'Presumed Consent Is Not Informed - in Fact, It Is No Consent at All'
NURSES could be set to reject attempts to change the law to introduce an opt-out system for organ donation.
The Royal College of Nursing will debate a motion opposing presumed consent at its annual congress next week.
It comes as opposition to suggestions that the law should be changed, in a bid to increase the number of organs for transplantation, is growing.
And other objectors will tell the National Assembly inquiry into presumed consent tomorrow why Wales and the UK should not press for a change in the law.
If the RCN opposes an opt-out system, it will be a major blow to campaigners in favour of the continental approach to organ donation.
Many believe that an opt out system - it would be assumed that everyone is an organ donor unless they had registered their objections during their lifetime - is one of the solutions to the current organ donor crisis.
Last year, 16 people from Wales died while waiting for an organ transplant - there are currently 474 people in Wales on the waiting list.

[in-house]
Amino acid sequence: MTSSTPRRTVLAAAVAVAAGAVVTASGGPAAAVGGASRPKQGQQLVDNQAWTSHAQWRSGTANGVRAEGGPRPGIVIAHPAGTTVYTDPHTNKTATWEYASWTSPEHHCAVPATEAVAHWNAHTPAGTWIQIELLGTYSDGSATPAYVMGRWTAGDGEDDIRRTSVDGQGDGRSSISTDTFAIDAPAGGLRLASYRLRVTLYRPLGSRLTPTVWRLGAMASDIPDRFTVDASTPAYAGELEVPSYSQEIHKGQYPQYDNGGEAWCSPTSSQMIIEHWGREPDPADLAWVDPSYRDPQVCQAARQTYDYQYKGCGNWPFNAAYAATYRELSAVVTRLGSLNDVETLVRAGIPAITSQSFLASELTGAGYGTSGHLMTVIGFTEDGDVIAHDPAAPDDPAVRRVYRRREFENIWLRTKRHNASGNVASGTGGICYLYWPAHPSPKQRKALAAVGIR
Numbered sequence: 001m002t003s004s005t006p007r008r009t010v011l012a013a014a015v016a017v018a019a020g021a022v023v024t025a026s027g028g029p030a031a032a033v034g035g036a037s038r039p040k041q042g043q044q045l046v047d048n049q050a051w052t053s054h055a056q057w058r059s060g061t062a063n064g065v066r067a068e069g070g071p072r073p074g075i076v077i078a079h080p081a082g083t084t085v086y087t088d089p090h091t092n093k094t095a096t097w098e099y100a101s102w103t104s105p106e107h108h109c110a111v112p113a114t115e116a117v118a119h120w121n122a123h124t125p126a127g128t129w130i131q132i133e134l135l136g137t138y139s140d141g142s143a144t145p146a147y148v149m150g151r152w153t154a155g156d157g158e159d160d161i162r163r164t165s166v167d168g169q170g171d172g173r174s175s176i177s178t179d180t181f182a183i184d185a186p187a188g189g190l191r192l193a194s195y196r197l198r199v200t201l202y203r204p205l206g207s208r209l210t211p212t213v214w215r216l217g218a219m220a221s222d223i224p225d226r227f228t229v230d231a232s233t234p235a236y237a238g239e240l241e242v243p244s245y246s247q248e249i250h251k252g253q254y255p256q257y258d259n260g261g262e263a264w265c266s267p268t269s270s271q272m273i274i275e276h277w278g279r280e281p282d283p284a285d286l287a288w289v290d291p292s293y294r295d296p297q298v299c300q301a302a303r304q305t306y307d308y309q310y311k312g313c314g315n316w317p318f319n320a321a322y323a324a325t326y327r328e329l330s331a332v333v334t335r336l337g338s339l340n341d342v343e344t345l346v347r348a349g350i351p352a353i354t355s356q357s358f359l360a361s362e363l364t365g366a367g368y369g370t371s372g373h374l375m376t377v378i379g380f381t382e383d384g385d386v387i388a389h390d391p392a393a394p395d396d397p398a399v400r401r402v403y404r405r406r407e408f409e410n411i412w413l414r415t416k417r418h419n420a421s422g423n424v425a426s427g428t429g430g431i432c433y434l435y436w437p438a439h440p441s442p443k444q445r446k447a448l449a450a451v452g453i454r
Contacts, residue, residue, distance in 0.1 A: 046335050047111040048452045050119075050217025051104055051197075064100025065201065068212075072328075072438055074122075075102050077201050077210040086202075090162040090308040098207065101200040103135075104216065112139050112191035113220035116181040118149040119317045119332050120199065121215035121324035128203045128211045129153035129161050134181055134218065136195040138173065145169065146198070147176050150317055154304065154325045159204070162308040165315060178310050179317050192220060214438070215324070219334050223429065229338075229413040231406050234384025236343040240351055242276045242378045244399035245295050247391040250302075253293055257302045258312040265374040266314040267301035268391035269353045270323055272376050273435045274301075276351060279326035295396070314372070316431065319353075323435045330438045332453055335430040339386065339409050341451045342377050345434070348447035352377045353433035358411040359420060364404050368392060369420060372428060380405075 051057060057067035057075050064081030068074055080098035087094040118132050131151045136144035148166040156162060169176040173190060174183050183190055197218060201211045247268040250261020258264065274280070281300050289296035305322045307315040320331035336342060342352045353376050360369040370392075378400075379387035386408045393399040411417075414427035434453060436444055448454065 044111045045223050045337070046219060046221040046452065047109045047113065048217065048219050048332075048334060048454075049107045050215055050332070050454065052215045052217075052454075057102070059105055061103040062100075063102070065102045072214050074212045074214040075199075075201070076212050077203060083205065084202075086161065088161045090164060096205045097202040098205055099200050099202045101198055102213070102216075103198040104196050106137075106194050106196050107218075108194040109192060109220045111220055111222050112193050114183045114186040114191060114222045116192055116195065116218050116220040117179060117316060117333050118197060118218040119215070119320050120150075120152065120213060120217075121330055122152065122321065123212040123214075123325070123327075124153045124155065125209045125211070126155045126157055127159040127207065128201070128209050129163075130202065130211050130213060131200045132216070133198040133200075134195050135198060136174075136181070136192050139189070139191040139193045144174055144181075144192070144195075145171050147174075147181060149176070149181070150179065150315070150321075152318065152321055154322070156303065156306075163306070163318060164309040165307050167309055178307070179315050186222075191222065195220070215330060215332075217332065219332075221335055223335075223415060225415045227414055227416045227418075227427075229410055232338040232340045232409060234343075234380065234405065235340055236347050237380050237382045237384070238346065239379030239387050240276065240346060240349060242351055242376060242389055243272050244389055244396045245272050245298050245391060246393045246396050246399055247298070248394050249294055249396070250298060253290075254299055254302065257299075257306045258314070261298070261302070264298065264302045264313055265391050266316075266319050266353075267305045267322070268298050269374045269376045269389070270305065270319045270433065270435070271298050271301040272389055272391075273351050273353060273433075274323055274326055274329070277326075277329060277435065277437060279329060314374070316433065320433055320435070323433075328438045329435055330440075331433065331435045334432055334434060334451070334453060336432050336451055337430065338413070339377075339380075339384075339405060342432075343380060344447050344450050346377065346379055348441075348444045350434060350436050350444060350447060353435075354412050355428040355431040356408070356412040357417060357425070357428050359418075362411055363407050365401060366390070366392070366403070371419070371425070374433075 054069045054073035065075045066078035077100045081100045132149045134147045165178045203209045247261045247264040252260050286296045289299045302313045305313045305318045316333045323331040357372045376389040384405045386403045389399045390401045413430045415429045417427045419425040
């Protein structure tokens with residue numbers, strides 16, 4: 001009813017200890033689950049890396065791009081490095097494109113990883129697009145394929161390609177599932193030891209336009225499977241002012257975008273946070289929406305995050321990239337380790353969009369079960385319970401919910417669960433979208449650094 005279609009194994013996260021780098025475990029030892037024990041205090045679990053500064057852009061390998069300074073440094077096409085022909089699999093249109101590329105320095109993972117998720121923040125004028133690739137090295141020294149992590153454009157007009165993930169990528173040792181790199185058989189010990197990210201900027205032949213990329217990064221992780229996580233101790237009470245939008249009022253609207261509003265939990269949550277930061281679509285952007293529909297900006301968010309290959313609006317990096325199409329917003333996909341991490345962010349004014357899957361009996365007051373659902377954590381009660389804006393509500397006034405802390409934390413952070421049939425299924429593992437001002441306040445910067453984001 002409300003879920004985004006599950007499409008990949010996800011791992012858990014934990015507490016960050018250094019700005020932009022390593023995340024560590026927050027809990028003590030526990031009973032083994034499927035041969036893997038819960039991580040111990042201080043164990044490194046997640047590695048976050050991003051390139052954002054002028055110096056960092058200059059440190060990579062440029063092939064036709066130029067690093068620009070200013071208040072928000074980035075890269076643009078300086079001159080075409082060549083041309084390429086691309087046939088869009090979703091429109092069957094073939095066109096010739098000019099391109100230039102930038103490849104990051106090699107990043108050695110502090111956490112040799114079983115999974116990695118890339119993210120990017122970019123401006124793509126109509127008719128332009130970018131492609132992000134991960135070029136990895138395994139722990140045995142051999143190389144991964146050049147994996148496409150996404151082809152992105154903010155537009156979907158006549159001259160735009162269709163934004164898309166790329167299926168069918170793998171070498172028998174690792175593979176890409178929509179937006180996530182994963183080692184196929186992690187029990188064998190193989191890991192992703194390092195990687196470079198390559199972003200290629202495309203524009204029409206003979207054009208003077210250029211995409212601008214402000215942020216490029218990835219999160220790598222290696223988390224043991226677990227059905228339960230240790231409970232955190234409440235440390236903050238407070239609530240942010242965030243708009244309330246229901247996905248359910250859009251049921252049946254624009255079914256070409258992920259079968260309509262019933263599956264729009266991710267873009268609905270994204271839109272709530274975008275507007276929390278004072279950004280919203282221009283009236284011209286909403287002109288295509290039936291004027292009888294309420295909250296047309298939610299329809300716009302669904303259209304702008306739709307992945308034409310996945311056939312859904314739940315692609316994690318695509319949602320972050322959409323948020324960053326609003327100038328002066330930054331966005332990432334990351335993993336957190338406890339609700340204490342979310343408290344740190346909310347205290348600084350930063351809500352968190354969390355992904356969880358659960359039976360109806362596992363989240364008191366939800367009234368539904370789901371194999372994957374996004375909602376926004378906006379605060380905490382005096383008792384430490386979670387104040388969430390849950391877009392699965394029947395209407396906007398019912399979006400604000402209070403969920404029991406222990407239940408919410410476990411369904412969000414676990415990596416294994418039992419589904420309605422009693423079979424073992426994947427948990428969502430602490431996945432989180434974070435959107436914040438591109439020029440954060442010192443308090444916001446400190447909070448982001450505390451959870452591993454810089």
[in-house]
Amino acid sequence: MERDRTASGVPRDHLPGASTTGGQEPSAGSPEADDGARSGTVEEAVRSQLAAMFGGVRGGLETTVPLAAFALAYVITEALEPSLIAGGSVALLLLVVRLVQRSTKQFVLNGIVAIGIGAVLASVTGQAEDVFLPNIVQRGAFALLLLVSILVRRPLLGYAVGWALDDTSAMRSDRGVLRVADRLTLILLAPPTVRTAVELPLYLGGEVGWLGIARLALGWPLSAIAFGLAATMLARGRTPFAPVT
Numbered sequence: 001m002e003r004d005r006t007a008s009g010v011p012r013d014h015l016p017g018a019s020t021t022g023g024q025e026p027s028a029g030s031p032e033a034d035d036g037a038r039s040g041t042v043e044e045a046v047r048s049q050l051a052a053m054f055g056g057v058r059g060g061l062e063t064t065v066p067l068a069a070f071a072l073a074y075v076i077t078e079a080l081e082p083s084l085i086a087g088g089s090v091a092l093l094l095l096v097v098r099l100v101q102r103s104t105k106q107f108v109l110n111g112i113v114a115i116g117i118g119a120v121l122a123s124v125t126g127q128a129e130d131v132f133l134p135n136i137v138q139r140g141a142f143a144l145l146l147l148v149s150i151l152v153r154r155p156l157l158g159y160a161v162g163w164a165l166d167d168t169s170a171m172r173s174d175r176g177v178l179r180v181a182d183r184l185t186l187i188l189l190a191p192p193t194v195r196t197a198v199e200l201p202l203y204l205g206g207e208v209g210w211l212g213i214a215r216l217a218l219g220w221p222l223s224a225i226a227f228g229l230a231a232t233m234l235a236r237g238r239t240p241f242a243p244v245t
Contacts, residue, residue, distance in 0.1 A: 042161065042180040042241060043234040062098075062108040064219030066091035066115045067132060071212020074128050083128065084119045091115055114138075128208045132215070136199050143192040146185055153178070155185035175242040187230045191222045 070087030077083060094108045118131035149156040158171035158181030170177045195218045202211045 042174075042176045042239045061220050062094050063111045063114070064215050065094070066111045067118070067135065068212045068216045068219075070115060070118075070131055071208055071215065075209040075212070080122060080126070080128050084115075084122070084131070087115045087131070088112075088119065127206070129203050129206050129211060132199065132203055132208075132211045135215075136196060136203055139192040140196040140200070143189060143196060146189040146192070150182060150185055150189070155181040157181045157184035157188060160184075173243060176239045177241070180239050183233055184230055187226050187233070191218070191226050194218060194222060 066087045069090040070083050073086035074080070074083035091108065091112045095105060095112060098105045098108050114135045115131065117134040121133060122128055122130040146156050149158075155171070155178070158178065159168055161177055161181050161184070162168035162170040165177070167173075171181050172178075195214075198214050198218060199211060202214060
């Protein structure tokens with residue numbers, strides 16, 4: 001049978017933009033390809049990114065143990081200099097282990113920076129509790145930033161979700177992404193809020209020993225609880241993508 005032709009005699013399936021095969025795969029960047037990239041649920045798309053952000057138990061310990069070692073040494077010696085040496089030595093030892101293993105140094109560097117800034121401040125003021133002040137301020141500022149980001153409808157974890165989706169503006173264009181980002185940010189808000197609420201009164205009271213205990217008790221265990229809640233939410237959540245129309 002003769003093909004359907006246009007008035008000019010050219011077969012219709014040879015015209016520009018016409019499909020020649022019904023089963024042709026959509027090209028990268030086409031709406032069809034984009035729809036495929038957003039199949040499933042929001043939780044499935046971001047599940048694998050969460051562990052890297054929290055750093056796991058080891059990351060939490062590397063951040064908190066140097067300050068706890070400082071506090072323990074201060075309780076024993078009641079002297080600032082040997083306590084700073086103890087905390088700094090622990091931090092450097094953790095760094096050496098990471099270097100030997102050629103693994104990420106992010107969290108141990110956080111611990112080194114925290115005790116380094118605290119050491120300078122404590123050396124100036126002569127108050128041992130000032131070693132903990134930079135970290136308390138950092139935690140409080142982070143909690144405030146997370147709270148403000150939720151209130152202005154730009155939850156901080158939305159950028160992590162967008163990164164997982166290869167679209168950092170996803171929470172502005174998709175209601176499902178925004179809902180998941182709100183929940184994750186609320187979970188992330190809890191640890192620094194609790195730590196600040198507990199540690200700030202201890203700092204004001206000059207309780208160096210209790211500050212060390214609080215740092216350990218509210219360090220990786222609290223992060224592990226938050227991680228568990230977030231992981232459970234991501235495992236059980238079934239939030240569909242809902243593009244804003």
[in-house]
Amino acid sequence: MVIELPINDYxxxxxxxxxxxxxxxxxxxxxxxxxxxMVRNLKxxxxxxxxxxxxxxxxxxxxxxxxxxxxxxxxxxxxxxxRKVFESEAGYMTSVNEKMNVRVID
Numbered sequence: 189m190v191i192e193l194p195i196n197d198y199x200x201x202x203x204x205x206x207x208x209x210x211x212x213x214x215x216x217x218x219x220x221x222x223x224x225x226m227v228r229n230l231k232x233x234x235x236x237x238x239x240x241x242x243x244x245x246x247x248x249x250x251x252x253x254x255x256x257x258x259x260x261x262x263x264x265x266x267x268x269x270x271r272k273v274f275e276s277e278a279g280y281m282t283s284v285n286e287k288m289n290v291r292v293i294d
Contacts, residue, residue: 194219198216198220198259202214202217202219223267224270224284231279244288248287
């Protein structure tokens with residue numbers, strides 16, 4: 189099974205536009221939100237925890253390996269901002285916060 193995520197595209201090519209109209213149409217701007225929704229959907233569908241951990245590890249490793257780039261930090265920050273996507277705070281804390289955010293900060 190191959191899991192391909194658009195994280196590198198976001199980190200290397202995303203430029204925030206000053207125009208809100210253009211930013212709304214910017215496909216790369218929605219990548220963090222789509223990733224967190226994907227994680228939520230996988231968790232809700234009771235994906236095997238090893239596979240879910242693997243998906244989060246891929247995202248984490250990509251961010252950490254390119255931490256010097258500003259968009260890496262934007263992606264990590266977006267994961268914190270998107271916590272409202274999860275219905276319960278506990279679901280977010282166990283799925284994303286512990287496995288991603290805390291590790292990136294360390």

Nurses will debate a motion which urges the RCN to oppose any attempt to make consent to organ donation presumed, at congress on Monday.
Background notes prepared for the debate state: "It has been suggested an opt-out system, where it is assumed individuals are willing to donate their organs after death unless they have stated otherwise, would be fairer and would increase the numbers of organs available for transplantation.
"However, calls for a change in the law to allow for an opt-out system of organ donation have been criticised for failing to acknowledge the importance of individual autonomy and informed consent to the organ donation process."
An unnamed nurse, posting a comment on the National Assembly's forumon organ donation, wrote: "Asanurse I think it should be the individual's choice, that consent should not be assumed, and should still be in writing. …